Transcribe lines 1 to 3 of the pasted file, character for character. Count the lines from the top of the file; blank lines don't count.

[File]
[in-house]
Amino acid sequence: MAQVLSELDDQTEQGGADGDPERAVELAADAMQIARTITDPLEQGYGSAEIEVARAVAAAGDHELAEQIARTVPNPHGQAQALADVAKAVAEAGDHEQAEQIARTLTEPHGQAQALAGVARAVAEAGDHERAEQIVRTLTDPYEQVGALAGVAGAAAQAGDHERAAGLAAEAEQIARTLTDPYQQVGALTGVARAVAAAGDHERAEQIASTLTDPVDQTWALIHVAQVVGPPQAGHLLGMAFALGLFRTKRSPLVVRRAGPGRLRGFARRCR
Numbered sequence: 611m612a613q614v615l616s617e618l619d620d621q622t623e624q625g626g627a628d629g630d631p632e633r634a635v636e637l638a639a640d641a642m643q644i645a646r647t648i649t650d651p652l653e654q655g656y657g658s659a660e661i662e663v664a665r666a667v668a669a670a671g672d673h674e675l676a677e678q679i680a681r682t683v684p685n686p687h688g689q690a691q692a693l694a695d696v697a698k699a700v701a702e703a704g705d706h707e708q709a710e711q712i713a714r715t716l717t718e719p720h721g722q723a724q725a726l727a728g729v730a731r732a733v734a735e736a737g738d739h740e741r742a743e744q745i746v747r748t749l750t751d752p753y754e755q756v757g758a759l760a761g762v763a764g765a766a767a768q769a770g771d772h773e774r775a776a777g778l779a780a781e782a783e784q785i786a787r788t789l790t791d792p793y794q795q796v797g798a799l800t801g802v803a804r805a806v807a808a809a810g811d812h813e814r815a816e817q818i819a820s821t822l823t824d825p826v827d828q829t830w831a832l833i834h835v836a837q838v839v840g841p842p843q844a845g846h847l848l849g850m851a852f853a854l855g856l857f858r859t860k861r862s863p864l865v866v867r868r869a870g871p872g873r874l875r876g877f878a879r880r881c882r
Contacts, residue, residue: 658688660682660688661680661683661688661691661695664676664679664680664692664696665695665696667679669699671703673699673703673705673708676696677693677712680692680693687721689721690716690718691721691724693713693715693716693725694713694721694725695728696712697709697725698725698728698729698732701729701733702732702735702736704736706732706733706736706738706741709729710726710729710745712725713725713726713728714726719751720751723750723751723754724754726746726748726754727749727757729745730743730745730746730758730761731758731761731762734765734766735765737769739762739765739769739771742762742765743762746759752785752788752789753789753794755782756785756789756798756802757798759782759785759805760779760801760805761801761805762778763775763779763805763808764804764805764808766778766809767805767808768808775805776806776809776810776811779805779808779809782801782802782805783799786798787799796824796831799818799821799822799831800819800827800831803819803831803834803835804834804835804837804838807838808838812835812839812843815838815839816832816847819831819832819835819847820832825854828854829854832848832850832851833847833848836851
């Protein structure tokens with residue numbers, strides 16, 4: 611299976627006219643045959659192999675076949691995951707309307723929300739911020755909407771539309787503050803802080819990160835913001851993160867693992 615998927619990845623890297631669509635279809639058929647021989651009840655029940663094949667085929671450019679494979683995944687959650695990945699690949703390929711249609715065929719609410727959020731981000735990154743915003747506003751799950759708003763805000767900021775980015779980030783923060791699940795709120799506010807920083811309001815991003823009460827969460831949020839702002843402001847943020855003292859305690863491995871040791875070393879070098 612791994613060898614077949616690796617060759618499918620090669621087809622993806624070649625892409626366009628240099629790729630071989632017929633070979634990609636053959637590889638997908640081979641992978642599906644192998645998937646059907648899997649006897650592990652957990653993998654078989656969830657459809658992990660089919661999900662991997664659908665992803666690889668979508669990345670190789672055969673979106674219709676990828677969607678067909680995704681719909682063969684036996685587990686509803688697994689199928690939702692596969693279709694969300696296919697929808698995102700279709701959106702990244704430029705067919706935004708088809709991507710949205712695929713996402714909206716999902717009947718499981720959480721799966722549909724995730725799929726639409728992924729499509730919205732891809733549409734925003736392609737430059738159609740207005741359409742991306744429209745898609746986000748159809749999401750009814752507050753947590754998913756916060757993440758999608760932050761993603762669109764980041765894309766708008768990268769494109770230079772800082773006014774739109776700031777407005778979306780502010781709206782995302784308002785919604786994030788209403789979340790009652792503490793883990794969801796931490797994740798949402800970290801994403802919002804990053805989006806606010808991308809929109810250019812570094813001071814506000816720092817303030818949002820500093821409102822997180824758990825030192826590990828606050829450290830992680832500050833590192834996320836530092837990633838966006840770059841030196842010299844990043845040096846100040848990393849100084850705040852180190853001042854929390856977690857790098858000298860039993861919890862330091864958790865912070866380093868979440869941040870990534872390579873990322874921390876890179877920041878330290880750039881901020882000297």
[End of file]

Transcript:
[in-house]
Amino acid sequence: MAQVLSELDDQTEQGGADGDPERAVELAADAMQIARTITDPLEQGYGSAEIEVARAVAAAGDHELAEQIARTVPNPHGQAQALADVAKAVAEAGDHEQAEQIARTLTEPHGQAQALAGVARAVAEAGDHERAEQIVRTLTDPYEQVGALAGVAGAAAQAGDHERAAGLAAEAEQIARTLTDPYQQVGALTGVARAVAAAGDHERAEQIASTLTDPVDQTWALIHVAQVVGPPQAGHLLGMAFALGLFRTKRSPLVVRRAGPGRLRGFARRCR
Numbered sequence: 611m612a613q614v615l616s617e618l619d620d621q622t623e624q625g626g627a628d629g630d631p632e633r634a635v636e637l638a639a640d641a642m643q644i645a646r647t648i649t650d651p652l653e654q655g656y657g658s659a660e661i662e663v664a665r666a667v668a669a670a671g672d673h674e675l676a677e678q679i680a681r682t683v684p685n686p687h688g689q690a691q692a693l694a695d696v697a698k699a700v701a702e703a704g705d706h707e708q709a710e711q712i713a714r715t716l717t718e719p720h721g722q723a724q725a726l727a728g729v730a731r732a733v734a735e736a737g738d739h740e741r742a743e744q745i746v747r748t749l750t751d752p753y754e755q756v757g758a759l760a761g762v763a764g765a766a767a768q769a770g771d772h773e774r775a776a777g778l779a780a781e782a783e784q785i786a787r788t789l790t791d792p793y794q795q796v797g798a799l800t801g802v803a804r805a806v807a808a809a810g811d812h813e814r815a816e817q818i819a820s821t822l823t824d825p826v827d828q829t830w831a832l833i834h835v836a837q838v839v840g841p842p843q844a845g846h847l848l849g850m851a852f853a854l855g856l857f858r859t860k861r862s863p864l865v866v867r868r869a870g871p872g873r874l875r876g877f878a879r880r881c882r